Marmot Minimalist Review
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|Pros||Stormworthy, cost, durable, versatile, good breathability and ventilation, waterproof pockets||Stretchy material, great freedom of movement, pleasant cut, solid storm protection, lightweight, compresses into its pocket, good value||Incredible price, Gore-Tex, solid weather protection, excellent hood design, weight and packed volume||Versatile, durable, long lasting DWR, good stormworthiness, minimal clammy feel||Better breathability than others in its price range, decent ventilation, roll away hood, nice pit zips, affordable|
|Cons||Heavy for a "minimalist" design||So-so breathability, hood doesn't fit very well over a helmet||Wets out quicker than other Gore-Tex models, two layer design isn't as long-lasting, clammy interior||Heavy, average packed size, mobility, and freedom of movement||No chest pocket, not quite as breathable as models that use non-coated membrane|
|Bottom Line||It's one of our favorite do-anything jackets, offering excellent stormworthiness, functionality, and durability||A solid all-around option for the price, with great mobility and respectable storm protection||One of the best values you can get for a piece of rain gear, this Gore-Tex model is packed full of functional features||A durable jacket with function focused design that will keep most satisfied, without putting a hole in your wallet||A great jacket that offers above-average breathability, with an excellent price tag|
|Rating Categories||Marmot Minimalist||Black Diamond Storm...||REI Co-op XeroDry GTX||Patagonia Torrentsh...||Marmot PreCip Eco|
|Water Resistance (30%)|
|Breathability & Venting (25%)|
|Comfort & Mobility (20%)|
|Weight & Packability (15%)|
|Specs||Marmot Minimalist||Black Diamond Storm...||REI Co-op XeroDry GTX||Patagonia Torrentsh...||Marmot PreCip Eco|
|Measured Weight (Medium)||16 oz||11.5 oz||12.5 oz||14 oz||13.5 oz|
|Waterproof Fabric Material||GORE-TEX Paclite||2.5 layer propriatary BD.dry||2-layer GORE-TEX Paclite||3-layer H2No Performance Standard shell||NanoPro|
|Pockets||2 zippered hand, 1 zippered chest||2 lower hand pockets||2 hand||2 zippered hand pockets||2 zip hand pockets|
|Hipbelt Friendly Hand Pockets||No||No||No||No||No|
|Helmet Compatible Hood||Yes||No||No||No||Yes|
|Stows Into Pocket||No||Yes||No||Yes||Yes|
Our Analysis and Test Results
The Marmot Minimalist is a performance-focused jacket at a great price for a name-brand Gore-Tex jacket. It is a reasonably tough jacket that blurs the line between a lightweight minimalist rain jacket and a do-everything 3-layer hardshell. Its cut is moderately athletic and mobility-focused, combined with its top-tier storm protection and durable fabric, making it an ideal choice for mountaineering, climbing, hiking, or trekking.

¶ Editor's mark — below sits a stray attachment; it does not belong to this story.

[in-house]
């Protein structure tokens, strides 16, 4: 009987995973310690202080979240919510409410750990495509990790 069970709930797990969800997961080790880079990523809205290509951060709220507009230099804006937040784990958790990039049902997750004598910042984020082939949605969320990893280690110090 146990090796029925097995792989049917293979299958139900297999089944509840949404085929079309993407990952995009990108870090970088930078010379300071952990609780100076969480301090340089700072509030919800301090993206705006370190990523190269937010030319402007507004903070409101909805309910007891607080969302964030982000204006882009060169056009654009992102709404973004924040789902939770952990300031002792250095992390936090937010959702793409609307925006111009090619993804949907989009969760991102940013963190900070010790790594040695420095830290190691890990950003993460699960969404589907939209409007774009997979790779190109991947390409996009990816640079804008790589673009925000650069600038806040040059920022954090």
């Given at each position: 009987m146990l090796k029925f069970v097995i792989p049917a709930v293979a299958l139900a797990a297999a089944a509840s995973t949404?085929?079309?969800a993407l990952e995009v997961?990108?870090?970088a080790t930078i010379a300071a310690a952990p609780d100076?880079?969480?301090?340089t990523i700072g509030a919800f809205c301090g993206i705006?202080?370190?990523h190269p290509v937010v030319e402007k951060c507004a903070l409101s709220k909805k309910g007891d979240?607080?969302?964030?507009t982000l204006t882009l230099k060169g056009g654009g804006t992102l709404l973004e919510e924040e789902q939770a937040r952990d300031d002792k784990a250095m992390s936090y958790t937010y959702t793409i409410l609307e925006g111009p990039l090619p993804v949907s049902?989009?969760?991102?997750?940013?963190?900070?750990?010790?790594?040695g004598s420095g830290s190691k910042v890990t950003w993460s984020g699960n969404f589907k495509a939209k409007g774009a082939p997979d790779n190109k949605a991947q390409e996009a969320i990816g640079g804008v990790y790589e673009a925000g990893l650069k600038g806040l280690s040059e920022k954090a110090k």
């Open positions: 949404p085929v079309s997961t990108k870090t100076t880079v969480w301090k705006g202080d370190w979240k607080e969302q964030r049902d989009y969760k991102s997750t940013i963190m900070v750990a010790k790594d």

Overall, the Minimalist offered some of the better weather protection in our review and boasted great storm protection for the price. It uses a Gore-Tex Paclite fabric that proved highly waterproof in both our side-by-side testing and real-world use.
Similarly, it provided some of the longest-lasting DWR, which means it feels will bead water for longer. The hood provided fair coverage but was slightly below average for fit and its ability to maintain peripheral vision. It also will not really fit over a climbing or bike helmet.
The storm flaps inside and outside along the main zipper prevent seepage, and the wrist cuffs cinch down tight with Velcro. The Minimalist impressed all of our testers in our side-by-side garden hose tests and real-world testing and is easily among the most stormworthy models (of its weight) currently on the market.
Breathability & Ventilation
The 2-layer Paclite laminate used on the Minimalist offers some of the better breathability of any of the materials we tested, with only some of the jackets sporting 3-layer Gore-Tex Active and the air-permeable models offering marginally better performance.
In addition to its breathability, the Minimalist features pit zips for ventilation and the ability to dump extra heat while working hard. These pit zips were slightly longer than those found on most other rain jackets in our review.